Corn Tortillas Made With Yellow Cornmeal Flour

Foodista Cookbook Entry

Category: Side Dishes | Blog URL:

This recipe was entered in The Foodista Best of Food Blogs Cookbook contest, a compilation of the world’s best food blogs which was published in Fall 2010.


1/2 teaspoon (2 ml) salt
*the wheat flour helps keeping the fine corn flour together and easier to work


In a bowl combine both flours and salt, until well combined. Next add a little of the water and the vegetable oil. Start kneading and combining the dough, gradually adding the rest of the water until the dough stops sticking to your hands. You may need to use either more flour or water to get the balance right. You want a smooth dough that isn't too dry.
Warm the skillet/griddle over medium heat. Separate the dough into small balls,golf ball sized, you should get about 10-12 balls. Take one ball and cover the rest with a kitchen towel, to keep them moist.
If the balls start to dry out as you are rolling the others out, add a drop or two of water to re moisten.
Take either your 2 plastic bags or waxed paper and place a dough ball between them. If you have a tortilla press just push down to flatten, If you don't have a press and are using the rolling pin roll out the ball to a 1/8 inch.
Peel the tortilla away from the plastic/waxed paper and put on the hot skillet for 2 minutes on each side. You will see blisters start to form as it cooks. Repeat steps 2-4 until you have finished with all the dough. You can either stack the tortillas up to use right away, or let them cool down a bit and put in a sealed container or bag to store in the refrigerator and use later.The tortillas will keep in the refrigerator for a few days, then begin to dry out( which you can then fry/bake and use as chips.) The tortillas can be reheated on a warm skillet/griddle, directly on the flame(gas stove) or in a microwave.




One of my most vivid and fondest childhood memories is being sent to the local tortilleria everyday, sometimes twice, for our daily kilo or so of fresh corn tortillas for our meals. The lines where always long, but just being there and smelling the tortilla dough, feeling the heat and smelling the tortillas as they came off piping hot from the conveyor belt was a great sensory experience. I always had to eat at least one on the walk back home, I just loved it and miss it terribly.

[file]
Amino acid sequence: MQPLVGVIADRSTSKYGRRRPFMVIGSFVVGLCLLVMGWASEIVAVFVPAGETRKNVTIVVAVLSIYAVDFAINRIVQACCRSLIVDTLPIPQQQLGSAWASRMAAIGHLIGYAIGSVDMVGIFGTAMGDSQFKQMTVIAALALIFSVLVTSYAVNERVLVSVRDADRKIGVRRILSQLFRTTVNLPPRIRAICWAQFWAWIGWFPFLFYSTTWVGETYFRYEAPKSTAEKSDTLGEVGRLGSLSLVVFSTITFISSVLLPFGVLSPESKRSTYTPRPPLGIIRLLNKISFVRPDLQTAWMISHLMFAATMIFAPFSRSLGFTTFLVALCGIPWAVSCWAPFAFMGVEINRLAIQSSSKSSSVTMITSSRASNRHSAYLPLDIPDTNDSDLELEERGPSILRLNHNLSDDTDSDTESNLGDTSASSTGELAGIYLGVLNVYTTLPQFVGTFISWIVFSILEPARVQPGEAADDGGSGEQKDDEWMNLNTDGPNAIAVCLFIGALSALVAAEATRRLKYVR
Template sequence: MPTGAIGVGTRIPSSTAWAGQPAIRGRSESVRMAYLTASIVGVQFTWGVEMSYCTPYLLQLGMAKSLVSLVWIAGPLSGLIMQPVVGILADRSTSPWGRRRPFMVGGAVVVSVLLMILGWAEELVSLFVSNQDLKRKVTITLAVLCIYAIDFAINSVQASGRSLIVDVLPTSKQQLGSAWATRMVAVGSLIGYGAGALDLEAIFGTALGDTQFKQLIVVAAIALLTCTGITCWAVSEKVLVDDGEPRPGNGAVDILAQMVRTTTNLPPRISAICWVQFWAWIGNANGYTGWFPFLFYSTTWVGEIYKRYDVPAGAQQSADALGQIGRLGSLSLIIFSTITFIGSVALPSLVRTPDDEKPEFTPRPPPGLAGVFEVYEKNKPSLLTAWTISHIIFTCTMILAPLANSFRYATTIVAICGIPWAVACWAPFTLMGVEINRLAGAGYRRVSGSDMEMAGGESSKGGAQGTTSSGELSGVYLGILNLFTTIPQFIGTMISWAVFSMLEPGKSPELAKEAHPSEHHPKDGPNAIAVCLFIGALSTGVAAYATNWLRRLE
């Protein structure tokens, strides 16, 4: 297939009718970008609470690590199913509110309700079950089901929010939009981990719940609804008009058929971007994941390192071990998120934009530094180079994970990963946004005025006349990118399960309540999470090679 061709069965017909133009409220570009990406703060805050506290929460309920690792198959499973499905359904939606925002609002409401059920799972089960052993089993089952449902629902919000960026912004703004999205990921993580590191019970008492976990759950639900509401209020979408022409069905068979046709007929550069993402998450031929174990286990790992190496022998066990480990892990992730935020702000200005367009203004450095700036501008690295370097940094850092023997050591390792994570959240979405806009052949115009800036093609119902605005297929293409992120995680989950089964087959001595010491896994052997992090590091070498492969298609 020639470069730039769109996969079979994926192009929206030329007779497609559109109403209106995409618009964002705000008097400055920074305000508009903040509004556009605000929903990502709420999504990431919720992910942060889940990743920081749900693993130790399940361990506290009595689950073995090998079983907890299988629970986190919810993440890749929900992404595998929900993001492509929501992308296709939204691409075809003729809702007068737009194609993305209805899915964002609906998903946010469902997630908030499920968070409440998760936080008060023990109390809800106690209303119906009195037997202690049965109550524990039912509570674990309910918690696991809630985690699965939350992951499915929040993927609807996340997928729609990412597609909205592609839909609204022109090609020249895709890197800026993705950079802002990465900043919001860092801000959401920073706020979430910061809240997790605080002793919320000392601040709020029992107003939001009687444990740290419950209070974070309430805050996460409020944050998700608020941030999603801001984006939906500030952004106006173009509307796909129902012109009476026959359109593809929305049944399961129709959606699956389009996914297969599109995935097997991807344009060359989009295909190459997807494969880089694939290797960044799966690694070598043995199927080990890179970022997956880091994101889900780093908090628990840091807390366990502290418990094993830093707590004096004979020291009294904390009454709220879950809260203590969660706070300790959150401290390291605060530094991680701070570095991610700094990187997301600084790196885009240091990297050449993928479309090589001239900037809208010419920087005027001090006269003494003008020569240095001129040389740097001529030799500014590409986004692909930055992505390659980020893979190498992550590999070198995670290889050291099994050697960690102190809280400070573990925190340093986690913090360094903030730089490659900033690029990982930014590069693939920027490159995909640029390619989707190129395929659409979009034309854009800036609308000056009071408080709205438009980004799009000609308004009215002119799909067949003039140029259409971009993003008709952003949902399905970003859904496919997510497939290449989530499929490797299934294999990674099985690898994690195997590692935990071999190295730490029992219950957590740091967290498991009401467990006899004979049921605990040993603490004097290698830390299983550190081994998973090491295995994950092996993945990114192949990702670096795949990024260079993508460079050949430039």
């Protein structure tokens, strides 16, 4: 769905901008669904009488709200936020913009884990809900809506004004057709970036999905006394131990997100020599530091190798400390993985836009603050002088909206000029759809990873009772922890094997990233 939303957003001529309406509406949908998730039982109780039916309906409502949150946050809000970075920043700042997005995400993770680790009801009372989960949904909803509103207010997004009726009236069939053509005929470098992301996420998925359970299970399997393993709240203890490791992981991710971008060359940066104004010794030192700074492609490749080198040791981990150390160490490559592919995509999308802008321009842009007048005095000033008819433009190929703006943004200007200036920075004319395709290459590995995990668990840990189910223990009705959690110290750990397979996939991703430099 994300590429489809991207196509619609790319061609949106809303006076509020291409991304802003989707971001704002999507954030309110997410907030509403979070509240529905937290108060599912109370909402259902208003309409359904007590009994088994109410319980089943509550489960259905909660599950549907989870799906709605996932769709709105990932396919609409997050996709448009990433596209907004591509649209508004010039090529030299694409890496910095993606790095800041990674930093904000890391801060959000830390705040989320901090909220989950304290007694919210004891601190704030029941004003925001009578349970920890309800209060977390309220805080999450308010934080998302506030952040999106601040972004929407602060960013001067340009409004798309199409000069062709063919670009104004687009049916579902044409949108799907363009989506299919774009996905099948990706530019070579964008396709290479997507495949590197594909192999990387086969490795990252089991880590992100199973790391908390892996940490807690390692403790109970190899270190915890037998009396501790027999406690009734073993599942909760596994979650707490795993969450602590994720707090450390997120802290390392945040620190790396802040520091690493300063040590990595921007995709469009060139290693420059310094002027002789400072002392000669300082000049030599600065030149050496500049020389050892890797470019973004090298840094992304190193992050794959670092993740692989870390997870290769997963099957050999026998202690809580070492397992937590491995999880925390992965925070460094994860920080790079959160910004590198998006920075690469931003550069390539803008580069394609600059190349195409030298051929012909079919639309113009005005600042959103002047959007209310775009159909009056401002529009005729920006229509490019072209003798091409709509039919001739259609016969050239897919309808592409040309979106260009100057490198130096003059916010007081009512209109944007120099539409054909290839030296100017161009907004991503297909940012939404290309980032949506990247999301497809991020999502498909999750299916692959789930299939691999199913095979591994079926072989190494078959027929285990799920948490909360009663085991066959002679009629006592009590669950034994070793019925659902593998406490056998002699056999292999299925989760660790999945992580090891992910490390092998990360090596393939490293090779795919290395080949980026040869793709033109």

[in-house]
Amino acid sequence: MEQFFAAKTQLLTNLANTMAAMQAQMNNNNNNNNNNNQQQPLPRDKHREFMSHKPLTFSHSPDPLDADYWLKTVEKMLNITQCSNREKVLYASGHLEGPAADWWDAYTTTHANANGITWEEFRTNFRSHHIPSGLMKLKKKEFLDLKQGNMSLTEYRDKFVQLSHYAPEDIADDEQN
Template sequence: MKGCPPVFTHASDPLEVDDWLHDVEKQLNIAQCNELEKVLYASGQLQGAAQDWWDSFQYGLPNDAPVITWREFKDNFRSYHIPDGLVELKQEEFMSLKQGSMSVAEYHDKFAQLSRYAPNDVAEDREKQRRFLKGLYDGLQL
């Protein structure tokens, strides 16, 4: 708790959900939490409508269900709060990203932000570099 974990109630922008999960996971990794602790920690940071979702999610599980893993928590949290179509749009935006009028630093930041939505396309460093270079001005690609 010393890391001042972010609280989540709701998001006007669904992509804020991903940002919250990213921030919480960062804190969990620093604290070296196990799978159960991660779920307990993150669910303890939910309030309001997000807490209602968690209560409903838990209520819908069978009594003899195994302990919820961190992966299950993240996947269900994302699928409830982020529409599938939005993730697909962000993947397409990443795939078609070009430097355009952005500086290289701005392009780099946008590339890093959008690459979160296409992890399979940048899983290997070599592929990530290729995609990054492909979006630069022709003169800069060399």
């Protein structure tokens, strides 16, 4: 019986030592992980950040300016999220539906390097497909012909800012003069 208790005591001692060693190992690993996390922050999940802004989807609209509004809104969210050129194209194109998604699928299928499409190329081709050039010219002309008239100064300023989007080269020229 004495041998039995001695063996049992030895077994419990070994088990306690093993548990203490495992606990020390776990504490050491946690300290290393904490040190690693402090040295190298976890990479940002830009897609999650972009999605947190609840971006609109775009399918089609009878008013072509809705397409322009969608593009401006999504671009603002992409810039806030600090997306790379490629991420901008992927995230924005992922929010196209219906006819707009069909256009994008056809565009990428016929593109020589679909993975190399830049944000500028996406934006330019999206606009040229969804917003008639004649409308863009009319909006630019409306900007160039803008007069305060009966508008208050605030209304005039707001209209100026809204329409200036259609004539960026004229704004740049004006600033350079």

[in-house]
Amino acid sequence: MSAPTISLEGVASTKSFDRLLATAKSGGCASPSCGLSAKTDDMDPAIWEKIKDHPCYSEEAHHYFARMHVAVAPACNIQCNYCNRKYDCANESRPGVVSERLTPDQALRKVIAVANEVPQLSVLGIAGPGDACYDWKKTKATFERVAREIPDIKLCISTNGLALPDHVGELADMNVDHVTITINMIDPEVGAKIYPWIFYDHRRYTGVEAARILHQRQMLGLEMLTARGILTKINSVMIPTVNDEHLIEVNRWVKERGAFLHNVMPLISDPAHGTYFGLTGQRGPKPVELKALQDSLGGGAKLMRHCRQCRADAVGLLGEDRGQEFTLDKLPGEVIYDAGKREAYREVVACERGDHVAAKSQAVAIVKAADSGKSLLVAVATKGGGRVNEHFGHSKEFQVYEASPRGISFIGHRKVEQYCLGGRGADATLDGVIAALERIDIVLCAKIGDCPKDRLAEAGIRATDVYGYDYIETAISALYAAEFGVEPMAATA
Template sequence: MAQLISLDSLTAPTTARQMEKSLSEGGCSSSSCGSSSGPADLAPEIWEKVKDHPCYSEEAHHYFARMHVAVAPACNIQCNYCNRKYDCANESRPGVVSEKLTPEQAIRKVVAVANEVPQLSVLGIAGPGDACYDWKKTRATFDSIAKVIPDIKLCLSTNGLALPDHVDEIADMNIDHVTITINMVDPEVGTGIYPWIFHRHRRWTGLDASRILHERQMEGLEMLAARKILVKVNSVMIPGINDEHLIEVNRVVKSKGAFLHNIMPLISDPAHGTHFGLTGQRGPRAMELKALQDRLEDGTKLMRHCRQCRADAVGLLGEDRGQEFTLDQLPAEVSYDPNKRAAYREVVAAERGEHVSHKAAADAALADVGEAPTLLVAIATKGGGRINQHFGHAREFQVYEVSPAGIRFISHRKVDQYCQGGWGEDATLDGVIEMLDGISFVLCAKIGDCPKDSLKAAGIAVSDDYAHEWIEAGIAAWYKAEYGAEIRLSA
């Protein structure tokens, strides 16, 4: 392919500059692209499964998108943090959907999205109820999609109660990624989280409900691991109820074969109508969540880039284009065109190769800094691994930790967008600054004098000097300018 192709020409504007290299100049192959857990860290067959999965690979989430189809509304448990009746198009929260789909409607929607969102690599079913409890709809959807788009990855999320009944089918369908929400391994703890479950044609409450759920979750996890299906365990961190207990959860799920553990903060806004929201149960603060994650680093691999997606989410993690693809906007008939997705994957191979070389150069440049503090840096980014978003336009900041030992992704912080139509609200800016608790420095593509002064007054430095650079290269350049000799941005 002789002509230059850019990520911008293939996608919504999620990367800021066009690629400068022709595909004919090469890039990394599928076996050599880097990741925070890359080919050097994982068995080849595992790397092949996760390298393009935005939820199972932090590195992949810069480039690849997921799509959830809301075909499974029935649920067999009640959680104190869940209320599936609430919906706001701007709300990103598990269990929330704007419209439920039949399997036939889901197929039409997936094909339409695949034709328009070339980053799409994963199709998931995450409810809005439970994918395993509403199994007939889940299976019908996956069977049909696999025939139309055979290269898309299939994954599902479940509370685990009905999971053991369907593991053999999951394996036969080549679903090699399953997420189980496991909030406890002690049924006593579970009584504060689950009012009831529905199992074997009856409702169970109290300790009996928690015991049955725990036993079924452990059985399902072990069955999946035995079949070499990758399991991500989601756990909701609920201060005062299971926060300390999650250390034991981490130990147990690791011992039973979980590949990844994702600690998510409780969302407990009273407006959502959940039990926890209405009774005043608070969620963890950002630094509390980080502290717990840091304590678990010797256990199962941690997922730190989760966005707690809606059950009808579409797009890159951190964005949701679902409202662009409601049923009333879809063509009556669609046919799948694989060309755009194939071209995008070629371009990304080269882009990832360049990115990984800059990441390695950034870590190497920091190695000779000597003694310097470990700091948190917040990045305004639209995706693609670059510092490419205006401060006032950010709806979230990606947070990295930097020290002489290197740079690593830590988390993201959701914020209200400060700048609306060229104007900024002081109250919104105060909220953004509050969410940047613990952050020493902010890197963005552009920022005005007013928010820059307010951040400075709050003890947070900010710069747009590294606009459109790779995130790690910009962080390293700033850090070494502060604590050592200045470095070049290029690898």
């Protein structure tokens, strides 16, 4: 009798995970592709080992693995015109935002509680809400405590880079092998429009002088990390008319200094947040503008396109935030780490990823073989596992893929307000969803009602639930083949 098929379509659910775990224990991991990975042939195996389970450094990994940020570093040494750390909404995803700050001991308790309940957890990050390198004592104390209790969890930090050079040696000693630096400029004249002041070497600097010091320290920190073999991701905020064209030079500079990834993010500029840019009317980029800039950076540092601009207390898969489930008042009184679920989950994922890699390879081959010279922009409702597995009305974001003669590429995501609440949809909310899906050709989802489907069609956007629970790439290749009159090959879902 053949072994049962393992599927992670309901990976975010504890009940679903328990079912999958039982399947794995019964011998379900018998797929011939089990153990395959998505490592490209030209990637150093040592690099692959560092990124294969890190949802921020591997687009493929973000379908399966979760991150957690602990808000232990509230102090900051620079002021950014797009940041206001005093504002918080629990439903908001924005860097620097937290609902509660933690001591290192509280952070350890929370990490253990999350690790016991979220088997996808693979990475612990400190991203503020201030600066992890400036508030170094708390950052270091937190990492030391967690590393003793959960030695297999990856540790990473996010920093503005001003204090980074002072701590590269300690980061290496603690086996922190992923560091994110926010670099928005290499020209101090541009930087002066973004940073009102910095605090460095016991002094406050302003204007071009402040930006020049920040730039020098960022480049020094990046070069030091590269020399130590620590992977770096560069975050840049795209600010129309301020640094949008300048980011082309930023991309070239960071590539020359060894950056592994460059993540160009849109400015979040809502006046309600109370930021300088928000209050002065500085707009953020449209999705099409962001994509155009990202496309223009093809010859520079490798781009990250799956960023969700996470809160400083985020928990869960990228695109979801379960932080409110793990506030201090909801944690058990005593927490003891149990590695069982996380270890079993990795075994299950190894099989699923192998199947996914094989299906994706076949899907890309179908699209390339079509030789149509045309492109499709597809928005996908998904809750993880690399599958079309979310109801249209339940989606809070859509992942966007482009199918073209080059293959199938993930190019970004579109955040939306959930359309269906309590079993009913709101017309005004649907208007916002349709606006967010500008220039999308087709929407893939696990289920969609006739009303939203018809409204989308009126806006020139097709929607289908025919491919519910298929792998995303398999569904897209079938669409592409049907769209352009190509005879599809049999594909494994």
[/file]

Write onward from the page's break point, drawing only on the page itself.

Tortillas are Mexican flat breads that are eaten with almost every meal, one of the most important part of Mexican cuisine. The word comes from Spanish, torta which means a circular cake. In Castilian Spanish and in Spain a tortilla is a thick and round egg omelet, quite different but still delicious. Tortillas have a long history in Mexico and some central American countries, some legends say they date as far back as 10 000 BC or older. There are 2 kinds, corn which is made from masa harina, a whitish cornmeal dough made by soaking dried corn kernels in water and lime to soften them and remove the skin. Then ground to form the masa or dough, made into balls then patted to a flat round bread that was then cooked. The second tortilla type is flour made from wheat flour. I know that flour tortillas aren't as old as the corn, but not really sure when they were first introduced, (more to come on flour tortillas.). Tortillas are used to make tacos, enchiladas, quesadillas, tostadas, chips, and Burritos (made with flour tortillas) and some desserts . So you can see why a Mexican kitchen without tortillas would seem like an incomplete kitchen.

Busy and modern times had ended the traditional ways of preparing your own and nowadays families use commercially prepared tortillas. In the US as in Mexico you can find good commercially made corn and flour tortillas virtually anywhere, but unfortunately in Europe there aren't any tortilla factories that I'm aware of, although I have come across the flour tortilla packages which I think taste awful. I'm almost certain that the "Mexican" restaurants here make their own corn using reconstituted masa harina. So again I have had to substitute and make do with available ingredients, which means no masa harina. Today's recipe is made with yellow cornmeal flour, my substitute to the traditional masa harina.




Monday, December 7, 2009 - 2:58pm


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